Results of the ALOC 20 (10 km) classifications.Top row - ALOC 20 and ALOC 20 PCA; Bottom row - ALOC 20 (100%) and ALOC 20 PCA (100%). Note that not all ALOC clusters are present in the final classifications. Colours represent each of the ALOC non-hierarchical clusters. Similar colours and cluster numbers do not necessarily represent related groups.
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pone-0112856-g006: Results of the ALOC 20 (10 km) classifications.Top row - ALOC 20 and ALOC 20 PCA; Bottom row - ALOC 20 (100%) and ALOC 20 PCA (100%). Note that not all ALOC clusters are present in the final classifications. Colours represent each of the ALOC non-hierarchical clusters. Similar colours and cluster numbers do not necessarily represent related groups.

Mentions: Classification accuracy was 95% (κ = 0.94) for the ALOC 23 classification and 92% (κ = 0.92) for the ALOC 23 PCA classification (Table S3) when tested against the validation dataset. The accuracy of the ALOC 20 and ALOC 20 PCA classifications decreased relative to those estimated by the RF OOB error, with accuracies of 46% (κ = 0.42) and 47% (κ = 0.44) (Table S3). The producer accuracies differed significantly for each of the classifications (Table S3), with observed minimum producer classification accuracies of 81% for the ALOC 23 classification and 59% for the ALOC 23 PCA classification. Likewise, the ALOC 20 and ALOC 20 PCA classification also exhibited low producer accuracies with minima of 0% observed for a number of classes in each classification. Visual inspection of the resulting classifications showed few obvious differences among the various ALOC 23 classifications (Figure 5), but more differences were apparent among the ALOC 20 classifications (Figure 6).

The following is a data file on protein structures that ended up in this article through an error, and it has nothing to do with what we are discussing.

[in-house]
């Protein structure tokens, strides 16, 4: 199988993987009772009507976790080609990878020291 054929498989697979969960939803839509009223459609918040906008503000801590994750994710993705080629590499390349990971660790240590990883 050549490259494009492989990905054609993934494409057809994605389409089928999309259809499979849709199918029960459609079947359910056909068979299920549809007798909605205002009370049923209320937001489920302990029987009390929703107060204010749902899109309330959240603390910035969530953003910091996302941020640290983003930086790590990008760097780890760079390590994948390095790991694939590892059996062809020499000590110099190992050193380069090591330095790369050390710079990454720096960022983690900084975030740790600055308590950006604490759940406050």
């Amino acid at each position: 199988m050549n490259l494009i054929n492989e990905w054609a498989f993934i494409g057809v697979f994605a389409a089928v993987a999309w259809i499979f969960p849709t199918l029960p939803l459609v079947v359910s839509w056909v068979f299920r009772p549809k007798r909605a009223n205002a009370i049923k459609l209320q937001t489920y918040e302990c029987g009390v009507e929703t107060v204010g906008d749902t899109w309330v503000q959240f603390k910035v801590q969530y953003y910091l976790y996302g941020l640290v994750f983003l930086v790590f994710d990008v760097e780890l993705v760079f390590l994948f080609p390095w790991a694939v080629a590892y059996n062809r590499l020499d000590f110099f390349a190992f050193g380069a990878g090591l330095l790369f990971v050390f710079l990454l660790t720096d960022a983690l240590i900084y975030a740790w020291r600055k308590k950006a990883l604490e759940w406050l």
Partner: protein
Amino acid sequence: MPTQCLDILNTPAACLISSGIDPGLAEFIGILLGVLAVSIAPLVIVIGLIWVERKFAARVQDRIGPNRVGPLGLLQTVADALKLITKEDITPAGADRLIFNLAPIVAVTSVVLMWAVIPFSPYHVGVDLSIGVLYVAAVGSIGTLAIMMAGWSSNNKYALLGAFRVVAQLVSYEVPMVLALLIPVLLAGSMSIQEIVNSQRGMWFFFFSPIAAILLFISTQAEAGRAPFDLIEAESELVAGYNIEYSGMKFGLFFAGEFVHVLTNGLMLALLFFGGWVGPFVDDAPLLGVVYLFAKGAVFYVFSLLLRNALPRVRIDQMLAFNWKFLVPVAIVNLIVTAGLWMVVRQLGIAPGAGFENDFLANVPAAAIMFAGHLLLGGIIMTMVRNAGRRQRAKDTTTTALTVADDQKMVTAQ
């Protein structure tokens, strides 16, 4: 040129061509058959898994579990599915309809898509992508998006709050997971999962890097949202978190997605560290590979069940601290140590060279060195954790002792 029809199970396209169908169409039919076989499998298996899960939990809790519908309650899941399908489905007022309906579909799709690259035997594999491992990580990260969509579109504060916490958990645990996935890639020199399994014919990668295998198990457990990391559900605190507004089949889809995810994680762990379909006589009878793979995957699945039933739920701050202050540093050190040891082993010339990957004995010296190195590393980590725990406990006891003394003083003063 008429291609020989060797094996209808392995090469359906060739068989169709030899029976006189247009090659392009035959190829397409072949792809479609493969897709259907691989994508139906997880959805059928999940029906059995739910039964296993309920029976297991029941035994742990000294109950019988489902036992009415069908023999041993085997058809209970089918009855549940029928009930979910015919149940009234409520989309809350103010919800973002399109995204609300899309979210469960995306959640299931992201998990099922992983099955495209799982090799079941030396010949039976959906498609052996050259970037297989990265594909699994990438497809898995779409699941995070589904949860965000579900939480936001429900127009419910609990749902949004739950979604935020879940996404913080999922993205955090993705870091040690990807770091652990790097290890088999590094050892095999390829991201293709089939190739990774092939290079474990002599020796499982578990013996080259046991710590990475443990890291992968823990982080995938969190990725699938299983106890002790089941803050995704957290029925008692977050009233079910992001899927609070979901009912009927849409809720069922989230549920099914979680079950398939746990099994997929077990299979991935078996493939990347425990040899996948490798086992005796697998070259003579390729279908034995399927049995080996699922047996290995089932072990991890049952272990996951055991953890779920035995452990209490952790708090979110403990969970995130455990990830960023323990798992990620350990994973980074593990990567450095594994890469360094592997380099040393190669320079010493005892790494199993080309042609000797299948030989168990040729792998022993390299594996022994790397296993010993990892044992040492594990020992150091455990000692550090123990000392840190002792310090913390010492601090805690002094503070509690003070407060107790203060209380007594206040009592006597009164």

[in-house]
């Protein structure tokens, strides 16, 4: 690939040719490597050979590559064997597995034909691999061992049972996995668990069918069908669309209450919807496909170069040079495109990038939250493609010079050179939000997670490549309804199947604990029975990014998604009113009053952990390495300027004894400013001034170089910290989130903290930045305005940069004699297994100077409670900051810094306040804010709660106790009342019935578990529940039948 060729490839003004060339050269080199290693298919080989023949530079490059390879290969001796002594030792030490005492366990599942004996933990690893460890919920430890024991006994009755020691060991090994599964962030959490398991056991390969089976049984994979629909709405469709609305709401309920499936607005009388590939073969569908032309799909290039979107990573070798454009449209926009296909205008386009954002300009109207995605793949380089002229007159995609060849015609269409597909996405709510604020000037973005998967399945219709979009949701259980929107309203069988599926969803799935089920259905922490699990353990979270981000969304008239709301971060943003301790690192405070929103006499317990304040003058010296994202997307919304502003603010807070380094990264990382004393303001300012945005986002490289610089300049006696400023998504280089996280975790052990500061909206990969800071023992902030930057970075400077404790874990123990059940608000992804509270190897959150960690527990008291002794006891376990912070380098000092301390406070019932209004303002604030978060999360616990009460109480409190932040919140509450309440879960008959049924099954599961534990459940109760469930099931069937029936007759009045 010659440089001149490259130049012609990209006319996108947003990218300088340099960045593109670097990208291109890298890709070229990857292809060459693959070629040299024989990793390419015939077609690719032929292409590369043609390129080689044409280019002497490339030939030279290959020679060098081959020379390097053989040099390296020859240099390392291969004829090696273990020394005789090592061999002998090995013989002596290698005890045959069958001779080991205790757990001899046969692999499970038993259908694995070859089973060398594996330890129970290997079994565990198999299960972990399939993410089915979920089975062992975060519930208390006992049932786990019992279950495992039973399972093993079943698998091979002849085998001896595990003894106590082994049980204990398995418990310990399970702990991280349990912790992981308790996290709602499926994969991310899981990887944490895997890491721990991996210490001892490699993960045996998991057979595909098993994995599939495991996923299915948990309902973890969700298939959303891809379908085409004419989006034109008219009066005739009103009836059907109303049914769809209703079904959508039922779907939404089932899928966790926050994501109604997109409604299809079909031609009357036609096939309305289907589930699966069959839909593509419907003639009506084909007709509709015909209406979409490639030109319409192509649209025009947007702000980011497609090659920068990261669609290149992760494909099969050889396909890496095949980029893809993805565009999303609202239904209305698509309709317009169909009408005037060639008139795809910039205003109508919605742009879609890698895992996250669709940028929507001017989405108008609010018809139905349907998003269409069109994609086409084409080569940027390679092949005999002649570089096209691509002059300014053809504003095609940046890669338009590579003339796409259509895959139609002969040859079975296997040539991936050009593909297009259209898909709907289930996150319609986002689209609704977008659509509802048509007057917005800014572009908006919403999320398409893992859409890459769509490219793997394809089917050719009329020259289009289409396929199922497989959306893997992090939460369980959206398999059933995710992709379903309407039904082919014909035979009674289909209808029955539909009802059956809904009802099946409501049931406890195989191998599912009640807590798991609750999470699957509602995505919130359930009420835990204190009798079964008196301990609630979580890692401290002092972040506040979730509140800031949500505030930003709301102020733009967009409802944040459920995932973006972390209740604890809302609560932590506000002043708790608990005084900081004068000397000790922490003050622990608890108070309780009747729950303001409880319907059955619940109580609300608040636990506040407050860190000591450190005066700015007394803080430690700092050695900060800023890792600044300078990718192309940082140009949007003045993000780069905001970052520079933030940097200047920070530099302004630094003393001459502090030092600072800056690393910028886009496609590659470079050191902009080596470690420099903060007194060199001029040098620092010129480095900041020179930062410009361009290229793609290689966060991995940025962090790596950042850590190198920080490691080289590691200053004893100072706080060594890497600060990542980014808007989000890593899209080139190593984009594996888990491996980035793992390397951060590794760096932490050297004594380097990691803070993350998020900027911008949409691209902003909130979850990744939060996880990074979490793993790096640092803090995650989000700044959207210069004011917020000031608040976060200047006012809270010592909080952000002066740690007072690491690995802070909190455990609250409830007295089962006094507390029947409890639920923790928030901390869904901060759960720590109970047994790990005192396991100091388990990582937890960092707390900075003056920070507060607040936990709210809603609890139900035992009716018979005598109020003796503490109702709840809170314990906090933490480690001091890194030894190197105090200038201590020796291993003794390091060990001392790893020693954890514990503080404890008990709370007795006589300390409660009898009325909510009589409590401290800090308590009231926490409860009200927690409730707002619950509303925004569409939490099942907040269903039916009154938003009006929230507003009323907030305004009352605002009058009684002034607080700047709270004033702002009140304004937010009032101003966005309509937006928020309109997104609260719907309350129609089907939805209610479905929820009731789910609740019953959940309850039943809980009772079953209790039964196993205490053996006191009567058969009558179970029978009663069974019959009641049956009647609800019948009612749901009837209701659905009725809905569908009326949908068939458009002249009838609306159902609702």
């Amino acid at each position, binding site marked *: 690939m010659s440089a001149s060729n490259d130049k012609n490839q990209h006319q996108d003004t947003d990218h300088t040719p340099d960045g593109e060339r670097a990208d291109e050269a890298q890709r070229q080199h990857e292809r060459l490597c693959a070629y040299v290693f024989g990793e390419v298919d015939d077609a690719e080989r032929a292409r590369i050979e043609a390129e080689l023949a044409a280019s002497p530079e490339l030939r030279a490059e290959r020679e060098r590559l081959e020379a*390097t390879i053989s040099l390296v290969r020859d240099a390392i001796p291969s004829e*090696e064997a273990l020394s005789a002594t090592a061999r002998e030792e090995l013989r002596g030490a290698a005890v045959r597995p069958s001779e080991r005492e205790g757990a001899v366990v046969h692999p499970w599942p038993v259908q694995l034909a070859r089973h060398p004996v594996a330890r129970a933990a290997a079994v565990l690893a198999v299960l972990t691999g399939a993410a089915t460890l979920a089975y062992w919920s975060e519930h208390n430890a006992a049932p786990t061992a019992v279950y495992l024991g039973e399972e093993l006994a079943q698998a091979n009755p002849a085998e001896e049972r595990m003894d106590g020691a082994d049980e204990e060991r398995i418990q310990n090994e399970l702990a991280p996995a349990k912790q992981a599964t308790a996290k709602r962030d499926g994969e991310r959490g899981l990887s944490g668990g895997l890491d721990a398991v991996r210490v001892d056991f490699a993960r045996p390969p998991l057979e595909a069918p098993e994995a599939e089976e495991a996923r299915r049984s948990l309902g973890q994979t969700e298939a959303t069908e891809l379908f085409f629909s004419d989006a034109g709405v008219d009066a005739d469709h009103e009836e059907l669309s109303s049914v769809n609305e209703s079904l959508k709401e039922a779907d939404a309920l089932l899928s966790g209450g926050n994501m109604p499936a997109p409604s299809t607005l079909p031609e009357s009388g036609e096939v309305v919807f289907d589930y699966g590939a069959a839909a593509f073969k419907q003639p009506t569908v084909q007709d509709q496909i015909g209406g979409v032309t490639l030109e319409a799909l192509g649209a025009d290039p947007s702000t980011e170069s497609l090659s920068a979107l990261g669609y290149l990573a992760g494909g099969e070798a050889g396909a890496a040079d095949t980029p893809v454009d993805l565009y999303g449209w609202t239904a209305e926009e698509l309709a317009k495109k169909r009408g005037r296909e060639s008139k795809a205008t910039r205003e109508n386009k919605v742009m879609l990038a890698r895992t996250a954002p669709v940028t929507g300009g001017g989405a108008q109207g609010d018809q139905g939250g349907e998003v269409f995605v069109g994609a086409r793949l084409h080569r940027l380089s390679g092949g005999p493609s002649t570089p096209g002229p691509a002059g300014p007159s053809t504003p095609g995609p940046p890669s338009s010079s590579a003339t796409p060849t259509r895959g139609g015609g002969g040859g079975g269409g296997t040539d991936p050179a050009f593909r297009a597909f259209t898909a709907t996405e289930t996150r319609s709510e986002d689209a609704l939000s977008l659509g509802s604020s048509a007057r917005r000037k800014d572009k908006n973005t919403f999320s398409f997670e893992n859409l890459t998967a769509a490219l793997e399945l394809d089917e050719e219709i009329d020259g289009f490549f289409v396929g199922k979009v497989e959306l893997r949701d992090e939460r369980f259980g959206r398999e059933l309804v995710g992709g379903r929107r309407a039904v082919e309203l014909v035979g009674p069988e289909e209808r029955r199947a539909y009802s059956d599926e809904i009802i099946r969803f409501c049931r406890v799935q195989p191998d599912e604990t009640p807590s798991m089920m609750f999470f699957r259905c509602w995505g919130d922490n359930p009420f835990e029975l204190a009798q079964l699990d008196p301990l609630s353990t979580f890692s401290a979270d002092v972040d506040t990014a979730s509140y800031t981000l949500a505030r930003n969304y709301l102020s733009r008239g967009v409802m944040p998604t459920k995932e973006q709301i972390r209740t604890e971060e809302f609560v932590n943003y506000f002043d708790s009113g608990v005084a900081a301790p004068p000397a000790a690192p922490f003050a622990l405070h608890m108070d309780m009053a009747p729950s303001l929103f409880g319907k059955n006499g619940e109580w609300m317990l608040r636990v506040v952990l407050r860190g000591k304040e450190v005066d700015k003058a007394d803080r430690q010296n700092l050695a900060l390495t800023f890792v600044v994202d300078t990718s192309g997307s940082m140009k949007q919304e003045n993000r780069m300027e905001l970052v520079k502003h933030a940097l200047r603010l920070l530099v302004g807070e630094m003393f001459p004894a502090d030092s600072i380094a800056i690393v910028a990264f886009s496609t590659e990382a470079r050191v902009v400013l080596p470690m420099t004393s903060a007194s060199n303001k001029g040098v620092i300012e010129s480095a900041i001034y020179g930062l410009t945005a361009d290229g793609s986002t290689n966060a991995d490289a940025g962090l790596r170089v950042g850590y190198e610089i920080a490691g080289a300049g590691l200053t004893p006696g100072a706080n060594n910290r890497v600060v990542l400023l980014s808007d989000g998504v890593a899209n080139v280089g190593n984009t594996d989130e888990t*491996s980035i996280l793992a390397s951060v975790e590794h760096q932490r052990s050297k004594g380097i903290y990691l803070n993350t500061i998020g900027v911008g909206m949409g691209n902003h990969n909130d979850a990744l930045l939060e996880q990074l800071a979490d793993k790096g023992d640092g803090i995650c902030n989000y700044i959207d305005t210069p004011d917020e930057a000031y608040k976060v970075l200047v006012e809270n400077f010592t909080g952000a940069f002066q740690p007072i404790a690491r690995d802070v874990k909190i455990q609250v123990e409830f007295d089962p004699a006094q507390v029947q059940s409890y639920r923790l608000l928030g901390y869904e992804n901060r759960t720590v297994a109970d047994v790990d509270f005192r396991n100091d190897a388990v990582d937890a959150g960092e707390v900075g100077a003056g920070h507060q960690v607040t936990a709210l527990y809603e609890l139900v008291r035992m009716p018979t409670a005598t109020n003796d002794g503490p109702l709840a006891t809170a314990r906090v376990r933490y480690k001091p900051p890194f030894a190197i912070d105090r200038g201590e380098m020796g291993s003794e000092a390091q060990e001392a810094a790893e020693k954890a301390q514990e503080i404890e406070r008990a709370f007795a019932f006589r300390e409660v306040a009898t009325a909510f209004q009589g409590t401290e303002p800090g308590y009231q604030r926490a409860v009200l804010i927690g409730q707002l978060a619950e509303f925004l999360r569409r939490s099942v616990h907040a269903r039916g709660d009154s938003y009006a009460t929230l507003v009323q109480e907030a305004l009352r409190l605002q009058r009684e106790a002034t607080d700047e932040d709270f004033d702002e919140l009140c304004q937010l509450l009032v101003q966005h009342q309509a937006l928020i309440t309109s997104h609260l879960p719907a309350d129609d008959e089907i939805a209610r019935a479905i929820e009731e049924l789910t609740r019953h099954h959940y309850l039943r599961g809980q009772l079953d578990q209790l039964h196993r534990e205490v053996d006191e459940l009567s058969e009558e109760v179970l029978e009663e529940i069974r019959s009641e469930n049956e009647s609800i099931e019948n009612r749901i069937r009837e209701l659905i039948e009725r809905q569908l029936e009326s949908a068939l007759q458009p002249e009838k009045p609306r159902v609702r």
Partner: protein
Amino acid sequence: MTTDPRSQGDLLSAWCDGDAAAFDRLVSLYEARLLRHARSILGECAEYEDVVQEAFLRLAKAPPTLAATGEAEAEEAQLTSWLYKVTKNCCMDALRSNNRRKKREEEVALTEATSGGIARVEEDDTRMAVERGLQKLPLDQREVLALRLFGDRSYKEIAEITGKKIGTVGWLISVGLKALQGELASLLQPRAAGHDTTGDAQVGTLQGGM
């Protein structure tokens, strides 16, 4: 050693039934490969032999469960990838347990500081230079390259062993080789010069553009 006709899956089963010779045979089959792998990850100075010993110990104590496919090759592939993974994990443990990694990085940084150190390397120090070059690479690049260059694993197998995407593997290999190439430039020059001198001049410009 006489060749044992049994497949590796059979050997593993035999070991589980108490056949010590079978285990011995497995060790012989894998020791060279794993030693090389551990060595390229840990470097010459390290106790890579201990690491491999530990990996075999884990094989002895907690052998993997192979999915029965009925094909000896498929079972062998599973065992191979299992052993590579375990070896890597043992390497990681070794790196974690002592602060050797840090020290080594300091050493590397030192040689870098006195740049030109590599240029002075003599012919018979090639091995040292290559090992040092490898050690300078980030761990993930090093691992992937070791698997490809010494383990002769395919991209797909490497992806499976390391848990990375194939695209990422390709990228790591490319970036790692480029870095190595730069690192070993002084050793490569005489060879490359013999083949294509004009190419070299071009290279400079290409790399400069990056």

Hydrologic landscape regionalisation using deductive classification and random forests.

Brown SC, Lester RE, Versace VL, Fawcett J, Laurenson L - PLoS ONE (2014)